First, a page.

Our Patients

Keeping Close Watch Can Catch Skin Cancer Early

05.01.2012

Using only local anesthetic to numb Bathgate's cheek, Aasi was able to remove Bathgate's melanoma and repair the wound, leaving a barely perceptible scar.

A friend told Bathgate: "You really need to tell people about this because we're out in the sun and should know that can happen to any one of us."

We're not asking people to get on a treadmill or not eat their favorite foods. We're just recommending that people treat sunscreen like brushing their teeth or using deodorant.

-Sumaira Aasi, MD, Director of Mohs and Dermatologic Surgery, Stanford Hospital & Clinics
SUN DAMAGE BASICS

• Ultraviolet B (UVB) rays are the primary cause of sunburn and skin cancer, although ultraviolet A (UVA) rays also play a role in skin cancer development. UVA radiation also leads to premature signs of aging in the skin, called photo-aging. They penetrate more deeply into the skin than UVB. They can also pass through the ozone layer and glass. Both types of UV radiation penetrate through clouds.

How to protect your skin
• Apply sunscreen with an SPF (sun protection factor) of at least 15 to 30 daily before going outside. 
• Use enough: Two tablespoons, a palm-full, for full body coverage and one teaspoon for the face and ears. Reapply at least every two to three hours, especially if you're sweating or swimming. If your scalp is not covered fully by hair, try a spray-on sunscreen or a sunscreen gel.
• Wear a hat that covers your face, ears and the back of your neck.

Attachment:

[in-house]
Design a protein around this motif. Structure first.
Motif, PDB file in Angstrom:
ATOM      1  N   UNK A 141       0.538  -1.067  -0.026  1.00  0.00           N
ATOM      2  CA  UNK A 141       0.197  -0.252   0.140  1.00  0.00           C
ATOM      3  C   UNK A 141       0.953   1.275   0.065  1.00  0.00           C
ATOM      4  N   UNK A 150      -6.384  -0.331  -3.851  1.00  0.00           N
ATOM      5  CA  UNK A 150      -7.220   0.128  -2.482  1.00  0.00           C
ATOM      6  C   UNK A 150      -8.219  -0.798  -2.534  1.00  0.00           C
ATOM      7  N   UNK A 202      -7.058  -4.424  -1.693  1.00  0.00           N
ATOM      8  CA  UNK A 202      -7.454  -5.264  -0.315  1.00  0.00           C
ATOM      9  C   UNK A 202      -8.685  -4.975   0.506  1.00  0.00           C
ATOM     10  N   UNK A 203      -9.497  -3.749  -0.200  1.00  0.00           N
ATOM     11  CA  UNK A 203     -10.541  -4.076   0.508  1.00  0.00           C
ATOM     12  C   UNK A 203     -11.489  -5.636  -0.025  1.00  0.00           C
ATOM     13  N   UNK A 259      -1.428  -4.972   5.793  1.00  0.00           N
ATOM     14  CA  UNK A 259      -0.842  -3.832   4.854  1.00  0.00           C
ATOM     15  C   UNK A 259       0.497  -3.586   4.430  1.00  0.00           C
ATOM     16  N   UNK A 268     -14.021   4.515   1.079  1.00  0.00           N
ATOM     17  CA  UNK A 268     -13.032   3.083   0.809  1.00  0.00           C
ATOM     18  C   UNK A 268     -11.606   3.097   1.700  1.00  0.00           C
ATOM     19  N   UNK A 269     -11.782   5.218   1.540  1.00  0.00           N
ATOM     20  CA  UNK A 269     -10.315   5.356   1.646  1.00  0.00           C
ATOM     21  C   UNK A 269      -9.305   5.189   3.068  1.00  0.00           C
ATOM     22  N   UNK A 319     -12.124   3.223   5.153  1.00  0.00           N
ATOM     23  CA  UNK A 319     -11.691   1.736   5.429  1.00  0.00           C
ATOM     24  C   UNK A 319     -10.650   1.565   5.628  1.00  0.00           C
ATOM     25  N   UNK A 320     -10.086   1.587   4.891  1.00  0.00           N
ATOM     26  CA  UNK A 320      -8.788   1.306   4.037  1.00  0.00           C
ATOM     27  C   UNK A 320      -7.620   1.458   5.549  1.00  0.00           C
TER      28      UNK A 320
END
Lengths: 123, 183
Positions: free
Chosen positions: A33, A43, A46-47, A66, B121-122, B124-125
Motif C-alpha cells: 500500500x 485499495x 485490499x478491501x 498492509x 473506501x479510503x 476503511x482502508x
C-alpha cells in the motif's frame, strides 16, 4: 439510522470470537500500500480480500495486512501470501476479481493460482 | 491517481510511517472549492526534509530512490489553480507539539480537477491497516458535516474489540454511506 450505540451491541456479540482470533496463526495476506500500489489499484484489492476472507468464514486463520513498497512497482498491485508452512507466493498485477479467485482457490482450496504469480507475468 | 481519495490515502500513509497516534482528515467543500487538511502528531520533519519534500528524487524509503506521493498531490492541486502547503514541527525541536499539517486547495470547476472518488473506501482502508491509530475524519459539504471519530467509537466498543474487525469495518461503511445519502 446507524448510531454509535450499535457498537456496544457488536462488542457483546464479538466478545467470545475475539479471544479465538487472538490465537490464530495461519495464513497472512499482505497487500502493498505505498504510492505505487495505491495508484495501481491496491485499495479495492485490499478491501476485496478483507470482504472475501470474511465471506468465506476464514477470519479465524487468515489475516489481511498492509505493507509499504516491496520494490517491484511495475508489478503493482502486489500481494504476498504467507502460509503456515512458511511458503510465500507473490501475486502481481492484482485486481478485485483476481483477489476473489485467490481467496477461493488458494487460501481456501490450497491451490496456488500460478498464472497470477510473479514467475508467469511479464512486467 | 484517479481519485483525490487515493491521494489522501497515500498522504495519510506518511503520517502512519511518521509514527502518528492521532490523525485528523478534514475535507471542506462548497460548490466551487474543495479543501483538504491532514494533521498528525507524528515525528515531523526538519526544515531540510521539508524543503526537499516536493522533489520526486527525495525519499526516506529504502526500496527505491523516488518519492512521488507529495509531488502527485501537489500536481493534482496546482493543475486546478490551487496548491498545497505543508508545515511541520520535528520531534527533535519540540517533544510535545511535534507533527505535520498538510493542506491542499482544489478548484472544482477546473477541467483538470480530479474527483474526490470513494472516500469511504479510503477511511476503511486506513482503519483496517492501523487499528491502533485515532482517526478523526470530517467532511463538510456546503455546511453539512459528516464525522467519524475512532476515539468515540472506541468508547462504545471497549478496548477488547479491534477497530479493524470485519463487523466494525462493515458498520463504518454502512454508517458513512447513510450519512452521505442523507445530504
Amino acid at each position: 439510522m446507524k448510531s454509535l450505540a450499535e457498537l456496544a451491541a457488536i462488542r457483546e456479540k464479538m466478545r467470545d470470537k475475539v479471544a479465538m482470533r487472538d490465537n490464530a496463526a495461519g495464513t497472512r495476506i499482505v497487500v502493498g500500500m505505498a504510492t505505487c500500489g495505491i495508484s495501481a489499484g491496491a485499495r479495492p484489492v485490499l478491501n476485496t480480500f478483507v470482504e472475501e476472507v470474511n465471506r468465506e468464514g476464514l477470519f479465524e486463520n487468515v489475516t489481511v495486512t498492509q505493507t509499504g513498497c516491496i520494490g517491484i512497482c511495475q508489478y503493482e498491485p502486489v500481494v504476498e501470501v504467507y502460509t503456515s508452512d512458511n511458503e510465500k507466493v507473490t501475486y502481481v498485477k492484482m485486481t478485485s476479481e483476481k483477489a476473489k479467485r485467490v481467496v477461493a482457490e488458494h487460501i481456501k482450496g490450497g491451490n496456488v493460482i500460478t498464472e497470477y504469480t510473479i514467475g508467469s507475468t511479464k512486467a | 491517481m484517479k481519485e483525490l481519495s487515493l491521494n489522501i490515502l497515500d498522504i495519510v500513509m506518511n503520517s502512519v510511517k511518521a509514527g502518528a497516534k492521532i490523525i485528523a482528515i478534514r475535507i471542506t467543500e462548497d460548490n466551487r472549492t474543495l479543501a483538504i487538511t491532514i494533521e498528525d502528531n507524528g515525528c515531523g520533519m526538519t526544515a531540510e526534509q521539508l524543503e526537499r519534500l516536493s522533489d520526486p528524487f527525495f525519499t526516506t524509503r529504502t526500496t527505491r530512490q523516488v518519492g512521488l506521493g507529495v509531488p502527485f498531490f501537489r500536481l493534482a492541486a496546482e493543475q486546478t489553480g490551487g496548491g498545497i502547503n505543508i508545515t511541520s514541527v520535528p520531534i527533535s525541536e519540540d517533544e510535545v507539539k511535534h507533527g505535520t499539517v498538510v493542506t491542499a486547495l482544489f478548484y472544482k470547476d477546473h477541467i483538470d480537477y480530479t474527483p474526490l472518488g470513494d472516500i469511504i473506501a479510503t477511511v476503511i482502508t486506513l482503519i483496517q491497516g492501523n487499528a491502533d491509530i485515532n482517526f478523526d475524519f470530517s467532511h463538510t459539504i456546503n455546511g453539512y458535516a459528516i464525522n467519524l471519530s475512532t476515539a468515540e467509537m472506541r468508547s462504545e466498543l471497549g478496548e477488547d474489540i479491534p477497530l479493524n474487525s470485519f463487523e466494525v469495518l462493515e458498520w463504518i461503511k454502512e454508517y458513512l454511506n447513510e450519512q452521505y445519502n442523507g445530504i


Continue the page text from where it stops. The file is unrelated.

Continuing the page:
• Cover as much of your skin as you can. A tightly woven, light-colored fabric can protect skin better than inadequately applied sunscreen.
• Avoid the mid-day sun (between 10 a.m. - 4 p.m.), especially in the summer, unless you are fully protected. Seek shade when possible.
• Wear sunglasses to protect your eyes.
• Avoid tanning beds. The type of light they emit causes both non-melanoma skin cancers and melanoma.

What to know about sunscreens
• Use an SPF of at least 30, but be aware that this number only reflects how well UVB rays are filtered. Measuring a sunscreen’s protection against UVA rays is more complicated but now required for coverage of both types of UV radiation.
• Look for sunscreens labeled broad spectrum, meaning their ingredients provide protection against the full range of UVA and UVB. Sunscreens with an SPF beyond 50 do not appear to offer significantly increased UVB protection. New FDA guidelines will limit all American sunscreens to SPF 50+.
• No sunscreens are fully waterproof, although they may be labeled as water resistant.
• Sunscreens do have expiration dates and will deteriorate if stored at higher temperatures.
• Depending on their ingredients, sunscreens either absorb or reflect harmful rays.  Sunscreens with micronized titanium dioxide or zinc oxide, in conjunction with chemicals like avobenzone and oxybenzone, combine the two approaches.

Free screening
Dermatologists from Stanford Hospital & Clinics will provide free skin examinations from 8 a.m. to noon, Saturday, June 2 in the Dermatology Clinic on the fourth floor of Pavilion B at the Stanford Medicine Outpatient Center, 450 Broadway, Redwood City. The screening is recommended for people with fair skin, excessive exposure to the sun, many or atypical moles or a parent or sibling who has had skin cancer. For more information, call 650-723-6316 For more information about skin cancer care at Stanford, visit stanfordhospital/melanoma or call 650-498-6000.

Skin cancer is one of those things that you hear about happening but don't think about it happening to you.

-Kelly Bathgate, patient, Stanford Hospital & Clinics

Since her melanoma diagnosis, Bathgate has made some changes in her routine. She's using SPF 45 or 50 sunscreen instead of the 15 or 25 she once did. "I'm definitely putting it on every single time I leave my house," she said, "not just on my face, but on all exposed skin."

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